Office Christmas Party
Another reminder that allowing your cast to madly improvise instead of actually providing a coherent script with a scintilla of inherent logic often leads to…
It is an old truth of acting that comedy is harder than tragedy.
It may be true. It is certainly true that much of the humor in "Housesitter" is generated by the carefully modulated performances of Steve Martin and Goldie Hawn. Their relationship is made of nuances and denials, and at any moment they could have brought the movie tumbling down to the level of a sitcom, but they never do.
The film fits broadly into that old category of romances about people who don't know they're falling in love with one another. They think they dislike each other, in fact - but we know better. The formula is usually a drone because the characters have to be unusually stupid to avoid realizing they're in love. But Mark Stein's screenplay for "Housesitter" avoids that trap by adding a whole additional level to the story: Both of these characters are lying most of the time, deliberately, and although they both know it, the lies mask their real feelings.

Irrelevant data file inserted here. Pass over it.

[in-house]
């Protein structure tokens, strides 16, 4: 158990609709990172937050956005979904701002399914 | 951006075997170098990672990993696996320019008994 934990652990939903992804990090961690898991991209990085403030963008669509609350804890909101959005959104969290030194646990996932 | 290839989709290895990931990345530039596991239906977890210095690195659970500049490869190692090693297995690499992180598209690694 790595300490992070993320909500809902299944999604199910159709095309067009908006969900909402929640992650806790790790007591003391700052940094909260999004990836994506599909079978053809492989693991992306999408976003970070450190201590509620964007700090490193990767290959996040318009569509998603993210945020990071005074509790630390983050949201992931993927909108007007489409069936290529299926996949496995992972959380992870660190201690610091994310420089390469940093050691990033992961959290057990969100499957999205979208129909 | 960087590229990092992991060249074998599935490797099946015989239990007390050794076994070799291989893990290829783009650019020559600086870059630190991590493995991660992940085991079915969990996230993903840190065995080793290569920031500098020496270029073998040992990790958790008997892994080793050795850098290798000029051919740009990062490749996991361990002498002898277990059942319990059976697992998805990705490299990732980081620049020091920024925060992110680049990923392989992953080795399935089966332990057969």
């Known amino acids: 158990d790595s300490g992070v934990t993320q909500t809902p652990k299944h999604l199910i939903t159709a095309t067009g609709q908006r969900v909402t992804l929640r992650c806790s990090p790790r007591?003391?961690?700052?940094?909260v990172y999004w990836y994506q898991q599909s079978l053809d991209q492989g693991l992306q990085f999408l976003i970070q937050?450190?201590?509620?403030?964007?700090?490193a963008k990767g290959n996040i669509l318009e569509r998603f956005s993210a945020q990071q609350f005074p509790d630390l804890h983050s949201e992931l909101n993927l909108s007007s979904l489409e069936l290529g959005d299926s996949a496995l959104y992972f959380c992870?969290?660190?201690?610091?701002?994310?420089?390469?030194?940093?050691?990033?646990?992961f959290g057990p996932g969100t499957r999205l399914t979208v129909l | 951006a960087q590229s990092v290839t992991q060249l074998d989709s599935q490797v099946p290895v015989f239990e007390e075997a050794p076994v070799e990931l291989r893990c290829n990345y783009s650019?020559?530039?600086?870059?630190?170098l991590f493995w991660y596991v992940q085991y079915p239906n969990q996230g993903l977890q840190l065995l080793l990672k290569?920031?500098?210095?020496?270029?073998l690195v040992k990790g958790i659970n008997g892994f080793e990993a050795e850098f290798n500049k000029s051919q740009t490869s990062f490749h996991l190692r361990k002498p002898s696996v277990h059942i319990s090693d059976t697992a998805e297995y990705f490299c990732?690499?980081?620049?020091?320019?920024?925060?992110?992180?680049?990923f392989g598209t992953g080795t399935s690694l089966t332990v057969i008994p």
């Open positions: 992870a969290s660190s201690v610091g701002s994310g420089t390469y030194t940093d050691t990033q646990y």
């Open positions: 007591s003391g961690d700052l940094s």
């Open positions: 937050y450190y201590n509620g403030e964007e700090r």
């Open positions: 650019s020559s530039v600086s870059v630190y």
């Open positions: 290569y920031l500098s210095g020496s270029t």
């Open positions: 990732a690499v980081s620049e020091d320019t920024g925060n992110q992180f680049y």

Martin plays Newt Davis, an architect who has designed his dream house and in the opening credits asks his childhood sweetheart (Dana Delaney) if she will marry him and move into it. She says she will not. Heartbroken, he blurts out his sorrows one boozy night to a waitress named Gwen (Goldie Hawn), whose last name and most of the other facts about her are much in doubt during the film.